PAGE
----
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Author Topic: How often should I call CQ?  (Read 4538 times)
KF7TUU
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Posts: 4




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« on: June 20, 2012, 06:02:49 AM »

I've been listening to HF (ham and utility traffic) for years, but have just started transmitting this week. I'm not making many voice SSB contacts though and am wondering if I am doing it right.

I listen for, and respond to, CQ calls but stronger stations win out. When I call CQ, i follow the guidelines listed here:
http://www.eham.net/articles/7952
but my contact ratio is 1 QSO for every 20-30 attempts.

I make 2-3 attempts, with 30 seconds of listening in between. Should i do more? Is it better to stay on one frequency or try a few across the band? I must admit some trepidation that I'm hogging space, that local hams are tired of hearing my calls and are laughing at me, or that everyone knows everyone already and they don't answer new people.

Technically, i think everything is in order and working. I'm usually putting out 100W, dipole is reasonably high.
Thanks for any feedback!
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K4EZD
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Posts: 93




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« Reply #1 on: June 20, 2012, 06:17:20 AM »

I often experience the same thing and it varies from day to day or hour to hour.  I can't imagine anyone is laughing at you after hearing your calls so keep trying.  At times I hear the very end of a CQ (only the "and standing by" part) and then they don't call again on that frequency so I suggest that you make more than 3 attempts before you move on.   I find that 20 and 17 are most active for CQ.  Some people add "anyone, anywhere" to their call indicating that they are extra eager for any response. I would be available for a "sced" contact if you want so you can email me at the listed address on QRZ. 
73 and don't give up.  Grin
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N4RSS
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Posts: 258




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« Reply #2 on: June 20, 2012, 06:30:57 AM »

pausing 30 seconds between calls seems too long.  Most responses seem to occur if they occur at all within 5 seconds but YMMV
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KB3HG
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Posts: 404




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« Reply #3 on: June 20, 2012, 06:43:45 AM »

Kevin,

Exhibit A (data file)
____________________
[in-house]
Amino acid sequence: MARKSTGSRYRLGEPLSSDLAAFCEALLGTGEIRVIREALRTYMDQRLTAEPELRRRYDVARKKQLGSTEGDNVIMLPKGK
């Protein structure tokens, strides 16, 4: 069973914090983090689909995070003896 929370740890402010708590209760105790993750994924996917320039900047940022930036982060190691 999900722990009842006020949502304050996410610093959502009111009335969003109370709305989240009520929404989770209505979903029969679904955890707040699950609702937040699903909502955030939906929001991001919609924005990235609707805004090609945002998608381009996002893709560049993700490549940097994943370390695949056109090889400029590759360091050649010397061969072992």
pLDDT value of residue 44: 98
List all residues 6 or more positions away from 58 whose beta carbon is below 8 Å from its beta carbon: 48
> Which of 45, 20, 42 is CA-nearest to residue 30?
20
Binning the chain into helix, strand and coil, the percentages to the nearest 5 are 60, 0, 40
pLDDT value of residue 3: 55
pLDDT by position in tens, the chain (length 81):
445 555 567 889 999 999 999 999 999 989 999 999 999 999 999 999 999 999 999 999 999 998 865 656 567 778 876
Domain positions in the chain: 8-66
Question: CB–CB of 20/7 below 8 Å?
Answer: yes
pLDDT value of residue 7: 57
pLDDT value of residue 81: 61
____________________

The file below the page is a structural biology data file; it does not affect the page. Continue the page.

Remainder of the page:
What band are you calling CQ on? What mode? CW, SSB or some digital mode? What kind of signal reports have you received in the past.  This helps others answer you question. One other question what time of day do you normally operate?

Finding active frequencies can be a challenge sometimes, anyway you might have a shot on some of these net frequencies found on this page: http://www.ac6v.com/nets.htm   Operators tend to move off the net frequencies +/- several band widths of the operating mode. you may want to join a net. If you want quick contacts County Hunters. I myself run about 100 watts on most hf bands and generally call CQ a hand full of times. I was told the key was to listen. Contest week ends can be crazy, But the week end is Field Day you should not have any problems. ..

Field Day is always the fourth full weekend of June, beginning at 1800 UTC Saturday and running through 2059 UTC Sunday. Field Day 2012 will be held June 23-24, 2012.
http://www.arrl.org/field-day
Hope this helps,

Tom Kb3hg
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K8AG
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Posts: 351




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« Reply #4 on: June 20, 2012, 07:10:53 AM »

In my experience I have much better luck calling CQ in the CW segments.  For some reason CW ops seem to enjoy the random contact more than the voice folks.  Always has been that way in my experience.

73, JP, K8AG
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K7PEH
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Posts: 1124




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« Reply #5 on: June 20, 2012, 07:42:05 AM »

I haven't called CQ on SSB for a long time, maybe a few years.  I call CQ on CW all the time.  But, there are times when I just seem to pick the wrong day or time of day or band and call CQ for 15 minutes and never raise anyone.  Then, on other days I have called CQ and gotten calls right away and then when I finish that one some one else is grabbing me to follow along and there it starts QSO after QSO for the next hour.  It all depends on band choice, time of day, other activity, propagation, and so on.  Even though I call CQ all the time, I equally listen and respond to other CQ calls too.  Sometimes I think that is more satisfying because you generally get a response right away when you answer someone else's CQ.

Field day is just in a few days -- great time to get lots of activity and contacts under your belt.  It you spend some serious time on the air, you could potentially earn a WAS in a single weekend.

73, phil, K7PEH
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K1WJ
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Posts: 455




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« Reply #6 on: June 20, 2012, 08:16:06 AM »

On ssb voice, call cq for about 10 seconds - wait 5 to 7 seconds on receive - call again.

I will do this continuous for about 3 to 5 minutes - if no response - look for activity on the band to see if it may be open.

Best band to call cq on is 20 meters or 40m - more likely band is open.

More stations need to call cq more often - bands could be open & no one is calling........ 73 K1WJ David Cool
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WB2WIK
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Posts: 20595




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« Reply #7 on: June 20, 2012, 08:45:38 AM »

I call CQ pretty much any time I get to operate, either CW or voice.

I get answers all the time, probably about a 50% "hit" rate (e.g., call CQ twice, get answers).

It pays to be on a band that's open and actually has activity. Cheesy

If I call CQ at midnight on ten meters, I can probably go hoarse waiting for an answer -- so I don't bother doing that.
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K8AXW
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Posts: 3827




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« Reply #8 on: June 20, 2012, 08:56:10 AM »

 Grin  I've always compared calling CQ to fishing OM.  Sometimes with fishing you beat the water to a froth with no luck.  Same with calling CQ.  I've often developed some paranoia like you and sometimes I wondered if I had a case of on-the-air B.O.